Ending Slavery? Or Hiding It Behind Bars?

By Mark Honey

Slavery would be formally ended in Nebraska if a newly introduced amendment to the state constitution is passed.

State Senator Justin Wayne of northeast Omaha introduced the bill. The state’s constitution still today reads, “There shall be neither slavery nor involuntary servitude in this state, otherwise than for punishment of crime…”

“I hope one hundred percent of my colleagues support this amendment,” said Wayne in a press release. “It’s time to remove this hateful remnant of slavery from our state Constitution.”

Other state senators expressed shock that the language still existed in the document.

Senator Wayne is right in proposing this bill, and I hope it passes; but I fear he’s missing part of the picture. Prisoners’ rights advocates argue that the 13th Amendment of the US Constitution – which has strikingly similar language to the Nebraskan one — allows for

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Senator Justin Wayne

legal slavery while jailed.

The portrait painted is a dark one: Racist policing, a failing drug war which targets marginalized groups, an unequal court system, and the school-to-prison pipeline all feed into inmates’ realities, where a package of ramen costs $1.50 and a short phone call can cost up to $25. One former prisoner I talked to told me that in his first two months in jail, he lost more than 20 pounds because the meals were so tiny and poor. He called it malnutrition.

The exorbitant prices paired with inadequate living conditions essentially force prisoners to work. Then, once working, they earn as little as 13 cents an hour. That money often goes right back to the prison commissary in order to buy food and clothing.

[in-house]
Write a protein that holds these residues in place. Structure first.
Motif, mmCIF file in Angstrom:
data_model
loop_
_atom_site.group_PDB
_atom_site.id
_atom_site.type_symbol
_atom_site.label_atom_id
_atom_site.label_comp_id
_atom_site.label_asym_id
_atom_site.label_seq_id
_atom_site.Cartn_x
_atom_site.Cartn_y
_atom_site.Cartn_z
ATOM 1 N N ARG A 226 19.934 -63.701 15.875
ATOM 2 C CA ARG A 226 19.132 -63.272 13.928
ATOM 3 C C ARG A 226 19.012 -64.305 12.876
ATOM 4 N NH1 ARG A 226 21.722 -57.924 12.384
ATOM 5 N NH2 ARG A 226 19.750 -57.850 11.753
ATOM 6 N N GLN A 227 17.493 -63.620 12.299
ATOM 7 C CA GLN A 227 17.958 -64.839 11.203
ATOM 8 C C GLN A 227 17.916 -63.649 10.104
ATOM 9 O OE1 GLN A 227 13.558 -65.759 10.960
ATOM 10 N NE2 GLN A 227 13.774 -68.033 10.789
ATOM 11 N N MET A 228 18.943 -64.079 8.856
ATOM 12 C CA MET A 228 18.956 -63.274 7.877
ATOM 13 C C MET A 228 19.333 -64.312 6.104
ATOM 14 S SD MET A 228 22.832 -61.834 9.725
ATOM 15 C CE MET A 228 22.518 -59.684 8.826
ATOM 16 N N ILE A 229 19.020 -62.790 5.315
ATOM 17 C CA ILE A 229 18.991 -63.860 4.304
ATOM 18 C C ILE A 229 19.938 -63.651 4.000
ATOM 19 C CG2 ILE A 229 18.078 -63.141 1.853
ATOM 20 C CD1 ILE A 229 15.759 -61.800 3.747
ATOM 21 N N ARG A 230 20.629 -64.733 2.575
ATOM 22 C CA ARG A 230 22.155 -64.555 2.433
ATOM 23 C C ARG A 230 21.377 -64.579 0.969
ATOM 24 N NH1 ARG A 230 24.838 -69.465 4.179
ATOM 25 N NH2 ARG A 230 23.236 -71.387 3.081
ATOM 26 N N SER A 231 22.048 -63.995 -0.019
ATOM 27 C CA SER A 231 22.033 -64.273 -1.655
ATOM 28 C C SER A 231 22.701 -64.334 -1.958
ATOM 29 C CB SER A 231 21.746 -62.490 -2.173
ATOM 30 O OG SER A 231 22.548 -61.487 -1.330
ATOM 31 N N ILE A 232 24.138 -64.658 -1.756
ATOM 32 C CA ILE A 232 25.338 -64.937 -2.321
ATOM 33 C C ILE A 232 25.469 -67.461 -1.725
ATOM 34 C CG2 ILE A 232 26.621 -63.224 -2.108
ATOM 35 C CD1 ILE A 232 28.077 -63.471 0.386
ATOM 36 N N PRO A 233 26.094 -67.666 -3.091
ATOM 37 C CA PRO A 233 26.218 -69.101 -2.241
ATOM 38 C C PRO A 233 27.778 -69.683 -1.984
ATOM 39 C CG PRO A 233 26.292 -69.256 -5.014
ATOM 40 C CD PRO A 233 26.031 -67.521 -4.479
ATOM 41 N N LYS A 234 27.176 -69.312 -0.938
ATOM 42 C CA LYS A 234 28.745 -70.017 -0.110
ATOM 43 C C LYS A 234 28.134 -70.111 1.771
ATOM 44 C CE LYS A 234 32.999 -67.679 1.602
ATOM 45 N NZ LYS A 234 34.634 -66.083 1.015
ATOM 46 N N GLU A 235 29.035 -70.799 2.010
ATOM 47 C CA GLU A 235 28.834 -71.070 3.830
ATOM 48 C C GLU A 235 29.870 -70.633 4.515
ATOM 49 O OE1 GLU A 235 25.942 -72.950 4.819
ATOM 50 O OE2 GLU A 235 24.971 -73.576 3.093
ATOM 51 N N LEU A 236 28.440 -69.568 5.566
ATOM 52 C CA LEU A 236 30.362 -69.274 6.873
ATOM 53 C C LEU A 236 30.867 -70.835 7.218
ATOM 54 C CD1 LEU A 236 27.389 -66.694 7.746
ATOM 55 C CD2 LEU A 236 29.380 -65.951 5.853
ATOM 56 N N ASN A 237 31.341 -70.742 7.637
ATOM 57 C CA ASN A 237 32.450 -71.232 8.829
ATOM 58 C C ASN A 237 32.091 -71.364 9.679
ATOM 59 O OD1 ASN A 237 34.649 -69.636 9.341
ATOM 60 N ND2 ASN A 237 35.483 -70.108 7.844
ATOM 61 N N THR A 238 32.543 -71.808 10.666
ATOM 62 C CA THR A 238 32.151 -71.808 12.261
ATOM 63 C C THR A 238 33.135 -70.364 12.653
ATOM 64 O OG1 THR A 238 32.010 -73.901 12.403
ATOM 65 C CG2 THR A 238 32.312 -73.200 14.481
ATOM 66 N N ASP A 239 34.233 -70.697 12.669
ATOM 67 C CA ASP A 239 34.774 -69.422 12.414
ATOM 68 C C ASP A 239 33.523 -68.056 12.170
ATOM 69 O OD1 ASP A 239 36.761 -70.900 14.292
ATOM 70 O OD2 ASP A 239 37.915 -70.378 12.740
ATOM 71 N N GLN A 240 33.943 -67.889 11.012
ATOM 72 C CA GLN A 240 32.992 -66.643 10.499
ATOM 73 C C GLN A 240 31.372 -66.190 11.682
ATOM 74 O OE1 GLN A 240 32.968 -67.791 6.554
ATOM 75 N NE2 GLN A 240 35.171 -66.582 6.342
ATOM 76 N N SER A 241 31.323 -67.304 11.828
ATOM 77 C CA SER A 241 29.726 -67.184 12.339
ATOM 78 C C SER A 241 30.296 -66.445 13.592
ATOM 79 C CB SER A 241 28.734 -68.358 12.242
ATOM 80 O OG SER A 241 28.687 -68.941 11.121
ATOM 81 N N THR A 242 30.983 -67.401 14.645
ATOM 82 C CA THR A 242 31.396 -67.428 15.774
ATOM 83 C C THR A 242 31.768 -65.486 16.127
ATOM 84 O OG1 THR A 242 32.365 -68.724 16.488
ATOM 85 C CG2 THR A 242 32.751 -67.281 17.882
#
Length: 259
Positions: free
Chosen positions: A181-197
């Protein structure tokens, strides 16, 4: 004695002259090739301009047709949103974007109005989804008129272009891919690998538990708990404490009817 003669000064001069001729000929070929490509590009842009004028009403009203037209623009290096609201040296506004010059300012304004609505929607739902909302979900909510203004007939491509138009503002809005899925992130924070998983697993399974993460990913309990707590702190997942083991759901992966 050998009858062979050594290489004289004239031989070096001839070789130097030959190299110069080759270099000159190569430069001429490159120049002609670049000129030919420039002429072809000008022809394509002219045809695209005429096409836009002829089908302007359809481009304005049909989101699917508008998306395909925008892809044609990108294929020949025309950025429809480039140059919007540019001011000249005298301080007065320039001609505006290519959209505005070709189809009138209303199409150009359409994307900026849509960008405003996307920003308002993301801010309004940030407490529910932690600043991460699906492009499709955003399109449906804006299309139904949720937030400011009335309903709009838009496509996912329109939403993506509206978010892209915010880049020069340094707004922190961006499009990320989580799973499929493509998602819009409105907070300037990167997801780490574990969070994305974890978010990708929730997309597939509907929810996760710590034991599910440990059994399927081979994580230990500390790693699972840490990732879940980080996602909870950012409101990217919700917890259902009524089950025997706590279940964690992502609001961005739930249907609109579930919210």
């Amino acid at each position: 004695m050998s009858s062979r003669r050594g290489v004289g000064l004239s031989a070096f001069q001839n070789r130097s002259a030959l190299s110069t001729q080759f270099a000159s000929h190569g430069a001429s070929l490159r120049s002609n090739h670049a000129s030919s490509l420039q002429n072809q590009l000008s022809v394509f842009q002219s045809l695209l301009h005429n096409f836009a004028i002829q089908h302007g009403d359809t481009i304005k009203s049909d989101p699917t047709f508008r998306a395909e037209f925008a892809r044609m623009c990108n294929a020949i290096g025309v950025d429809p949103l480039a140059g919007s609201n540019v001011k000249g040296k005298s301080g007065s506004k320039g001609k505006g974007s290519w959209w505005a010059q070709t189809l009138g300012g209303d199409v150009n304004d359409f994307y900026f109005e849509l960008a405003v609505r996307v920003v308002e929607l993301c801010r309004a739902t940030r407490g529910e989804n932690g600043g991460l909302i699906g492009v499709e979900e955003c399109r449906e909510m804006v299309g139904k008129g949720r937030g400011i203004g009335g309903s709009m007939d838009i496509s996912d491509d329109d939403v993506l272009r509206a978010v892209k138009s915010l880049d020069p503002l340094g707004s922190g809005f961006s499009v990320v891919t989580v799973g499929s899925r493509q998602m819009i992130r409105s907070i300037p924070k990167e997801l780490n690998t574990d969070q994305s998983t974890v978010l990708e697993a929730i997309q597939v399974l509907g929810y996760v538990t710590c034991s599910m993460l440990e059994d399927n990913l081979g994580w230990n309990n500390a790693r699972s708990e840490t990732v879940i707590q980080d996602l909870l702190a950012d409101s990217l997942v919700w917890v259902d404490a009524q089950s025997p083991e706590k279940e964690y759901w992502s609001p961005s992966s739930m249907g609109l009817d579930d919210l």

What do prisoners do for work anyway? In California, they fight wildfires for two dollars a day. In Washington, they make holiday decorations for Starbucks. In Arkansas, they clean the governor’s mansion. In Florida, they process meat. In Oregon, they stitch uniforms for McDonald’s.

All of this labor is making somebody money – it just isn’t the prisoners.

Does this not sound like the vicious old practice of the company store? One could work their whole life and always end up trapped. Did Tennessee Ernie Ford not tell this story in “Sixteen Tons” when he describes life in the coal mines?

“You load sixteen tons and what do you get? / Another day older and deeper in debt. / Saint Peter don’t you call me, cause I can’t go / I owe my soul to the company store.”

Inmates in the Tecumseh State Prison have rioted multiple times over their conditions, even attempting to present a list of grievances before the infamous 2015 Mother’s Day Riot. The jailed men were against a new policy that took away sports leagues and the prized laundry room job from most. They were also angry about a change in yard policy that meant people could only spend a few hours a week out of their cell, when before it was a few hours a day.

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Tecumseh inmate with list of prisoner’s grievances

The ACLU has also filed lawsuits against Nebraska for what they call an “overcrowding crisis.” In 2017, Nebraska’s prisons were at 159 percent capacity, according to the lawsuit.

I hope Senator Wayne succeeds with his amendment. I also hope he recognizes the need for humane treatment of prisoners. Our decrepit and merciless jails offer no respite from enslavement – they only hide it.

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